Thursday, September 22, 2011


I cannot say that I understood Dogtooth. That is not to say that I didn't appreciate it. What makes me appreciate it is its original idea, creative cinematography, and muted and detached mood. It was pleasant to watch (most of it) from a purely visual perspective.
But the content...
What can one say about the content?
It was difficult for me to settle into the film in some ways because it required for me such a huge suspension of disbelief.
I tried hard to think about what might motivate parents to raise their children in such a way. The father talked about protecting his children, but there was nothing rational about the way he went about it. Unless the mother and father were conducting some kind of top secret government experiment, or they were aliens or from the future, or some such. But that requires adding a layer that is never alluded to in the film.
I couldn't help but remember references to homeschooling in some of the conversations about the film when it was a Hot Topic. This doesn't connect in any way to my experience with even the most conservative homeschoolers. I may not agree with their methods or even their underlying assumptions, but at least its all held together by a worldview that has a measure of internal logic. The film didn't seem to have any of that.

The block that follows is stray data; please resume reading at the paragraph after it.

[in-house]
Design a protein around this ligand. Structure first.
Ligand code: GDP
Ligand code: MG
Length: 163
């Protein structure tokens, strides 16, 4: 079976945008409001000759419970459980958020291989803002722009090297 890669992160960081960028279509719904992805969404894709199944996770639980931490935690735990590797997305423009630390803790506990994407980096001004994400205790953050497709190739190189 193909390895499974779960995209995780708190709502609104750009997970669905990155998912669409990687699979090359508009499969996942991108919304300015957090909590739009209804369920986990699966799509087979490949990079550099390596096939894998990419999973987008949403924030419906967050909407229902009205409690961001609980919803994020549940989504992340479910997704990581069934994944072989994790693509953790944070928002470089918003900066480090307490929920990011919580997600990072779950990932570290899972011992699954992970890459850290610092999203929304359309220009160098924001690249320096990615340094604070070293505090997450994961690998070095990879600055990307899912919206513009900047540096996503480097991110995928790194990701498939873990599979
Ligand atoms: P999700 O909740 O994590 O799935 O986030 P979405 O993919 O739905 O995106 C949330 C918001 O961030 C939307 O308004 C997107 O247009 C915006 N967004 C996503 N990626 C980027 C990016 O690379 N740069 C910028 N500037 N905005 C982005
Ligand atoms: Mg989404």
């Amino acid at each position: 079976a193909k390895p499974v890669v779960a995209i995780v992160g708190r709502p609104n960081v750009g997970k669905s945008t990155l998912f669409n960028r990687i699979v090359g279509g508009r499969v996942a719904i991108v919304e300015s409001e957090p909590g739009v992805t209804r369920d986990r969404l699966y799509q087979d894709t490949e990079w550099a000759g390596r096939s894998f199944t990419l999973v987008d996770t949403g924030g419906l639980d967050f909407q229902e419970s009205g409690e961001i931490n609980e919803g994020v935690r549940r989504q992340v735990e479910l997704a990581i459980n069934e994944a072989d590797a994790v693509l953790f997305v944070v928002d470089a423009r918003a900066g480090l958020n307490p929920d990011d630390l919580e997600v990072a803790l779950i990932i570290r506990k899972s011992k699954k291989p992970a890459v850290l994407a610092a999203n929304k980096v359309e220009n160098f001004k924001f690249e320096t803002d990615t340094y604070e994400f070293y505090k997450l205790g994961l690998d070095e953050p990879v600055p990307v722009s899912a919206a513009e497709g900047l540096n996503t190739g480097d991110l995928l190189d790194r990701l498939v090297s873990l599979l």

So when the violence and the incest happens, it doesn't impact on more than a visual or surface level because it's not held together by anything. I didn't even find myself disturbed by it (well, the dead cat, yes) because it just all seemed so unbelievable. To clarify, emotionally vs. intellectually disturbed.
This includes the apparent inability of the "children" to recognize that things are amiss. Granted, the oldest does eventually, but the other two seem unaware that what's going on is everything but normal. Again, it's pushed to an extreme that makes it unbelievable.
There were interesting elements, no doubt. The brother over the fence, the monotone manner of speaking, the airplane business. But it didn't convince me.
Now maybe I'll go back and re-read the debate from earlier this year.

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